WA warning on future COVID ship outbreaks

The risk of more COVID-19 outbreaks looms when ship crews are eventually granted long-overdue changeovers, Western Australia’s government warns.

WA authorities have scrambled to contain an outbreak of 17 cases on the Patricia Oldendorff bulk carrier anchored off the Port Hedland coast.

No new cases were reported on Wednesday but nine people remain on the ship as essential crew, seven of whom have tested positive.

There are also a dozen crew members in quarantine at the fenced-off Hedland Hotel and 10 of them have tested positive.

None are seriously unwell.

WA’s government will investigate what testing protocols were in place when the ship departed the Philippines and may seek costs from the vessel operator.

Major ports such as Port Hedland have been largely insulated from potential risks because crews have stayed on vessels.

But Ports Minister Alannah MacTiernan says that can’t remain the case forever.

“Quite clearly there is a major issue looming as we are now moving into the eighth or ninth month of the COVID pandemic,” she said.

“In many cases you’ll find that crews are now coming up to 12 months at sea.

“So I think there’s going to have to be a lot of examination and international co-operation as to how we deal with this.”

The Patricia Oldendorff, carrying 20 Filipino nationals and the captain, is anchored eight nautical miles off WA’s northwest coast.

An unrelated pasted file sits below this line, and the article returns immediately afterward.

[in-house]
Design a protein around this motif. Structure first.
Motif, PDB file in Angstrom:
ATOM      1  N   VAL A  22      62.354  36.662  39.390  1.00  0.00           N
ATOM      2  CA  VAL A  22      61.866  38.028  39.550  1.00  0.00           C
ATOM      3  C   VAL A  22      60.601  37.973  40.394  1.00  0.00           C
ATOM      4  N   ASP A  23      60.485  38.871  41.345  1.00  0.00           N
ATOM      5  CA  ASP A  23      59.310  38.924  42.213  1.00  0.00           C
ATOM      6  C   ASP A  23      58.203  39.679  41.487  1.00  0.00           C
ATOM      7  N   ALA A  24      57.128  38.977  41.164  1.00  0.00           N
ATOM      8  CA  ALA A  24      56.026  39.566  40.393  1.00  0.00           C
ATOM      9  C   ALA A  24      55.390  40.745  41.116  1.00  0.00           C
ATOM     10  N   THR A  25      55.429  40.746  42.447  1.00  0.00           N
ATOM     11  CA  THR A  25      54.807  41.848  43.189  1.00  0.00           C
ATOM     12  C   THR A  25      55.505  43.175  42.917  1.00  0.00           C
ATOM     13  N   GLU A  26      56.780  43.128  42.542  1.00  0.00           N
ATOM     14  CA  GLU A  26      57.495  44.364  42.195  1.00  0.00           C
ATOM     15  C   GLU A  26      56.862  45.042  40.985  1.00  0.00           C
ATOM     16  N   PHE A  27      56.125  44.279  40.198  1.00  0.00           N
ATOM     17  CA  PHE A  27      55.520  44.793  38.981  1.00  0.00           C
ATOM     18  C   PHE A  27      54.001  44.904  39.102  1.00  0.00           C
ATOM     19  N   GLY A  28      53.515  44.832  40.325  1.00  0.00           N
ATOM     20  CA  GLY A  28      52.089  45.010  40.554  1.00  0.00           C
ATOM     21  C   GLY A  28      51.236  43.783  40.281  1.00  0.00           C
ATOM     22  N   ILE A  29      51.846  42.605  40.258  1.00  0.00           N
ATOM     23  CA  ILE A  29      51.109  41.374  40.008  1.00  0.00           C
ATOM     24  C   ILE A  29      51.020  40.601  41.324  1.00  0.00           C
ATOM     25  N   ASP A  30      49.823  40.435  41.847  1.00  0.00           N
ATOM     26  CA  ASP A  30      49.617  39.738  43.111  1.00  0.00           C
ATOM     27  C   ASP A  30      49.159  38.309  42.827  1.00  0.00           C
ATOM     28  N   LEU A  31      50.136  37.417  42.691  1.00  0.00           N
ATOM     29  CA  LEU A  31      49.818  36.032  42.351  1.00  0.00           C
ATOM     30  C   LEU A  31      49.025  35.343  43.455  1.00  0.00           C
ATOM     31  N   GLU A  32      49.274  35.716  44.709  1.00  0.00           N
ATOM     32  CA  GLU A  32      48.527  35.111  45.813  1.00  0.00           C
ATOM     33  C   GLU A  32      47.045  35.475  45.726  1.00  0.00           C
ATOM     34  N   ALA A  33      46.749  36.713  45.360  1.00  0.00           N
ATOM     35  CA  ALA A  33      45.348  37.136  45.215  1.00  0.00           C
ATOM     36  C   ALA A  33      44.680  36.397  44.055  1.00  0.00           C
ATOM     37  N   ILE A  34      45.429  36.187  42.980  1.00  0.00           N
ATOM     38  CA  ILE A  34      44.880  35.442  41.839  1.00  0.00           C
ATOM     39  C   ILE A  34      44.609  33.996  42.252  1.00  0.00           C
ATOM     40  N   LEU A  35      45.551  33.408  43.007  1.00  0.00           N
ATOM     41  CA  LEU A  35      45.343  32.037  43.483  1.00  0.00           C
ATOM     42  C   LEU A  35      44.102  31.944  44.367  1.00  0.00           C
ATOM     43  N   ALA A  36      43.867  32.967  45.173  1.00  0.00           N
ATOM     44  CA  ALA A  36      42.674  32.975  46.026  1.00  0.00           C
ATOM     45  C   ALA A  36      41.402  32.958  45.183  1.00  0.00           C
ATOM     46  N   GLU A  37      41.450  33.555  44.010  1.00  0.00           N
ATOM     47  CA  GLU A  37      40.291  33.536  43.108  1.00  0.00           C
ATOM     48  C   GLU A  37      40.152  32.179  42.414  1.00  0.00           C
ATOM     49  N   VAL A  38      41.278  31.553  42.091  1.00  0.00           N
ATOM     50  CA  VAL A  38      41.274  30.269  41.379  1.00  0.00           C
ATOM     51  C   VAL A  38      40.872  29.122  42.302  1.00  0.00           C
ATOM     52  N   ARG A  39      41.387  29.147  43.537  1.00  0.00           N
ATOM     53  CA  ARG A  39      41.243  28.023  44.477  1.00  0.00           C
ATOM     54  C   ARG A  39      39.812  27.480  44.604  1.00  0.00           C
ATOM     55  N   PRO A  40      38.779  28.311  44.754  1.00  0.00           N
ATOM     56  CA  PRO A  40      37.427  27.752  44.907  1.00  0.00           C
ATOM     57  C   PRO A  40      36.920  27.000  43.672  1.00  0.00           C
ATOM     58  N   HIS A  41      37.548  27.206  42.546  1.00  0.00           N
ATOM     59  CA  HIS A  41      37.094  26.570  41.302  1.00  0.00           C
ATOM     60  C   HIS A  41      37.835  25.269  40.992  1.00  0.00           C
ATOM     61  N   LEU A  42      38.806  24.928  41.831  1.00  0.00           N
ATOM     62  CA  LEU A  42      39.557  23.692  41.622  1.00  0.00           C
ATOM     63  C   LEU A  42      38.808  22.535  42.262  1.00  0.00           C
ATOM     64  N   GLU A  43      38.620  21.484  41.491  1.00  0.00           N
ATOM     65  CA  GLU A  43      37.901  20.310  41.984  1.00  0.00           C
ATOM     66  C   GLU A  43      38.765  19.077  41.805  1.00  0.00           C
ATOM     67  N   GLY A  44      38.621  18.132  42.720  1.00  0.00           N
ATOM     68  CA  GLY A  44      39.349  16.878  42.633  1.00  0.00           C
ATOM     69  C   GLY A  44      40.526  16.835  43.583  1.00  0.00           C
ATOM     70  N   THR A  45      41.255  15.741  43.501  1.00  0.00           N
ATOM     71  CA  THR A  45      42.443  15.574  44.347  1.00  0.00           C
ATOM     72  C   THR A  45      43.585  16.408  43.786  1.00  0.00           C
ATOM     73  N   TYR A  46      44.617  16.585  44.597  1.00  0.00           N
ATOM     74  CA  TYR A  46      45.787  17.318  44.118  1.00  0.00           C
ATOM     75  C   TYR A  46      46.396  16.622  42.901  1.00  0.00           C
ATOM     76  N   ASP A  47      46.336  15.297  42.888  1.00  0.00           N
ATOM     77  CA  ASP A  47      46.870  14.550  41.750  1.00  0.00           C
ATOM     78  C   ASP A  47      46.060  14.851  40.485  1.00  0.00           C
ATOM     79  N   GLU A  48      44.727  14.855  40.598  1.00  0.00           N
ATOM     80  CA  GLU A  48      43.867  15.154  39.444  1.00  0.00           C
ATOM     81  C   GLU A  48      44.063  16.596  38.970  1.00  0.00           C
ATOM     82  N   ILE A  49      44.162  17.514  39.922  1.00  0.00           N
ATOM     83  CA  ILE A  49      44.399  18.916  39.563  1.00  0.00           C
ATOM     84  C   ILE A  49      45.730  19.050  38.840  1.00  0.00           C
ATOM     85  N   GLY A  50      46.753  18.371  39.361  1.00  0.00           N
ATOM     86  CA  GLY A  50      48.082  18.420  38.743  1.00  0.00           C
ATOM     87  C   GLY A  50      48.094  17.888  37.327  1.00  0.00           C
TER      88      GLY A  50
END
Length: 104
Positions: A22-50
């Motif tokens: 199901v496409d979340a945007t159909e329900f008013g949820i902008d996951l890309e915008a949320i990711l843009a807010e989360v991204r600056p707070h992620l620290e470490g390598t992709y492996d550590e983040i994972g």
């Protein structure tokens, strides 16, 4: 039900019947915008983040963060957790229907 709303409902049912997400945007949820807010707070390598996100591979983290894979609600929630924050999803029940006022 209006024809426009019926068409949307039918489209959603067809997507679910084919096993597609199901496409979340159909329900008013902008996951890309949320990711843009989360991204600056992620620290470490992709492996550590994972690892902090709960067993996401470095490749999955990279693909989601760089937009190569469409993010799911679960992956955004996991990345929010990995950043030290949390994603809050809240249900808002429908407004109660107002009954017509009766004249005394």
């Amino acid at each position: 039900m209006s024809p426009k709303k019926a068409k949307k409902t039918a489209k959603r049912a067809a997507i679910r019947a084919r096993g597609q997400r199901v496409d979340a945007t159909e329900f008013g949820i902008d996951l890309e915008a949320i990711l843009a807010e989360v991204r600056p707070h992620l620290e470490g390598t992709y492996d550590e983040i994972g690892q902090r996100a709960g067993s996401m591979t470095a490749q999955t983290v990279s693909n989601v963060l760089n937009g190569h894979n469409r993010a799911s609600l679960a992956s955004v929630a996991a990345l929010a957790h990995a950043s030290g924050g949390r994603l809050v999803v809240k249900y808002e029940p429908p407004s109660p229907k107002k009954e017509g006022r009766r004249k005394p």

It arrived from Manila on September 16.

Ms MacTiernan said it was believed some of the crew had been allowed to quarantine at home rather than in a hotel before the vessel departed, adding she would ask the federal officials to raise it with their Filipino counterparts.

Health Minister Roger Cook will attend a community forum for concerned Port Hedland residents later on Wednesday.

He is confident the infected crew will fully recover and the ship will depart by October 10 at the latest.

Australian Defence Force personnel will arrive on Thursday to help police and security guards oversee the hotel quarantine.

Nine crew are needed to maintain the ship while it is anchored, and maritime laws require 13 people to be aboard when it departs for international waters.

Chief health officer Andy Robertson, meanwhile, said the easing of some restrictions for people from Victoria and NSW was a positive sign.

From next Monday, Victorian arrivals – who remain subject to tight exemption criteria – will be allowed to self-isolate rather than entering hotel quarantine at their own expense.

NSW residents will no longer be subject to tighter exemption criteria than those from other states.

“I think yesterday was a step towards easing some of the pressures on the border,” Dr Robertson said.

“But we obviously continue to look very closely at what happens in Victoria, NSW, Queensland. If they continue to improve – and we’re now getting good figures out of (those states) – then we will continue to look at options going forward.”

WA has 22 active cases, including five unrelated to the Patricia Oldendorff.

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